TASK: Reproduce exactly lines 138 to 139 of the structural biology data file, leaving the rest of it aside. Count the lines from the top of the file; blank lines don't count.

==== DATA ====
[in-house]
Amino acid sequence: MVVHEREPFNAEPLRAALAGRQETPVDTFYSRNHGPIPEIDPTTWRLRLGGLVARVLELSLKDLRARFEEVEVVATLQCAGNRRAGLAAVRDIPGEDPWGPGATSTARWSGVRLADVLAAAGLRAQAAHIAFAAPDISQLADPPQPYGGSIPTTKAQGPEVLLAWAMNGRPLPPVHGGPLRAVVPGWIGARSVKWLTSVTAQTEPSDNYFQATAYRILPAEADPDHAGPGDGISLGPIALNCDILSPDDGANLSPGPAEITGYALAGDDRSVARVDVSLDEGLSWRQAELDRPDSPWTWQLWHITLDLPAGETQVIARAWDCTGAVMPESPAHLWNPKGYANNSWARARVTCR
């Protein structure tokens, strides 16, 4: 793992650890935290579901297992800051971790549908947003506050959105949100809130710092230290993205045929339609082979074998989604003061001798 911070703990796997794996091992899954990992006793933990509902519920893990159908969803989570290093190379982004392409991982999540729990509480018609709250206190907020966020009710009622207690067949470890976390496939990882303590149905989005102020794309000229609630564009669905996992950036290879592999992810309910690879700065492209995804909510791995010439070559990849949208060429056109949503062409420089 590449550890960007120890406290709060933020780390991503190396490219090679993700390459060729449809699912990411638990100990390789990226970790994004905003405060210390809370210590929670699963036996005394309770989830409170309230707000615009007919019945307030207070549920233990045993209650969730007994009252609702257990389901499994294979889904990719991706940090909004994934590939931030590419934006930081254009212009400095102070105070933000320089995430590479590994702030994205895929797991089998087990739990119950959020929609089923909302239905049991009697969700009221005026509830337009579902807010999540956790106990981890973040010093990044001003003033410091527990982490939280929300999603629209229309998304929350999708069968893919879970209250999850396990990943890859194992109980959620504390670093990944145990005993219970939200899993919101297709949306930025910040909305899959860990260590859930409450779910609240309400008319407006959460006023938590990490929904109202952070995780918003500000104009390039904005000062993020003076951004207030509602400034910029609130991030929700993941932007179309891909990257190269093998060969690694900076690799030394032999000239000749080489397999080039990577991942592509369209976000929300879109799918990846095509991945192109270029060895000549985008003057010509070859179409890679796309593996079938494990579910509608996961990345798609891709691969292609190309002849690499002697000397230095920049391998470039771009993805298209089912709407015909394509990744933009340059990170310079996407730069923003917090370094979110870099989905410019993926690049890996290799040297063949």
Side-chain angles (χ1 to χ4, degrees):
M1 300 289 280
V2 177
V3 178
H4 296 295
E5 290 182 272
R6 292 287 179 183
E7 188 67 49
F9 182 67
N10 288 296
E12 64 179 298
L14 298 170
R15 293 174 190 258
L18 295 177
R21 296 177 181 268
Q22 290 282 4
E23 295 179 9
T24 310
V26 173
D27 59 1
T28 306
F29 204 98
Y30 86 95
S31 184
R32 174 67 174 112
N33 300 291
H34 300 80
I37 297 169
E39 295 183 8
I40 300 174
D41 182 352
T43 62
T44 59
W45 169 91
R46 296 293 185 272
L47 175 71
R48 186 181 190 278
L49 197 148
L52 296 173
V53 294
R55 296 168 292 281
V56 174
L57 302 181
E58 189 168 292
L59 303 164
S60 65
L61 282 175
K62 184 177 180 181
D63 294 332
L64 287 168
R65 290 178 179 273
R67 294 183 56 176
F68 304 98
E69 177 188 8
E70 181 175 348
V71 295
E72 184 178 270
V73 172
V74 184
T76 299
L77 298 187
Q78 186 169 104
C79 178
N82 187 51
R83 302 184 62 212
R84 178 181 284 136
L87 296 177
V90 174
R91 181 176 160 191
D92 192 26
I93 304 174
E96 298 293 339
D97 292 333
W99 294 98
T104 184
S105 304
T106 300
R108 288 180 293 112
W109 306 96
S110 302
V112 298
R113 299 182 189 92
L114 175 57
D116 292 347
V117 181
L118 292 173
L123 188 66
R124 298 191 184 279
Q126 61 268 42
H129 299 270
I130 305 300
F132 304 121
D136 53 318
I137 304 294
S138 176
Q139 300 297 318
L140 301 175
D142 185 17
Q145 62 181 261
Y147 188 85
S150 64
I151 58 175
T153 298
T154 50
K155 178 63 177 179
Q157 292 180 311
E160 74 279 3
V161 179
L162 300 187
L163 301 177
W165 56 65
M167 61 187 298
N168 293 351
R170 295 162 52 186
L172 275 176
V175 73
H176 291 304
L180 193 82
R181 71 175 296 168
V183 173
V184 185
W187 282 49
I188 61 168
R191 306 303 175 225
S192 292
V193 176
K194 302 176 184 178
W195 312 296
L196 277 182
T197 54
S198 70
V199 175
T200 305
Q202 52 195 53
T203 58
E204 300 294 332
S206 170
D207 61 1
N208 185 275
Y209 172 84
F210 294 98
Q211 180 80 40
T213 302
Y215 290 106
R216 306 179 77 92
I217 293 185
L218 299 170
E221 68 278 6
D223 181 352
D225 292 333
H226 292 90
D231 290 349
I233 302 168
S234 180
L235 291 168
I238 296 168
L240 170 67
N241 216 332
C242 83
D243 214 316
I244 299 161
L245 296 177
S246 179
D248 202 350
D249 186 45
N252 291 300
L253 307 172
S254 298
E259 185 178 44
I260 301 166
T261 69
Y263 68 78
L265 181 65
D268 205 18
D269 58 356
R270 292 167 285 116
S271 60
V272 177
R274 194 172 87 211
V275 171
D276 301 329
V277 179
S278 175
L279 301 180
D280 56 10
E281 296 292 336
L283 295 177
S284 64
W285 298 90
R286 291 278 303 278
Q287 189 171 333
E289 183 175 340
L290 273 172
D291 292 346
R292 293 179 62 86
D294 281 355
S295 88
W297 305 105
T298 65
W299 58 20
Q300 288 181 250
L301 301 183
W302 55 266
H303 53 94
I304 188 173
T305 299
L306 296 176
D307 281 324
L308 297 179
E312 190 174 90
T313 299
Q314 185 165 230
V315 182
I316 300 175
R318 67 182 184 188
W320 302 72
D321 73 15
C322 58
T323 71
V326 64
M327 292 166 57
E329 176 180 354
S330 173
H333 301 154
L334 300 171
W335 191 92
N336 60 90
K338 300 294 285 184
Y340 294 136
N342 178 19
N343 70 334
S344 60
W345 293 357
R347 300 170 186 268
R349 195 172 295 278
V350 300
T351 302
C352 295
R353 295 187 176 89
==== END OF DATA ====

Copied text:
T203 58
E204 300 294 332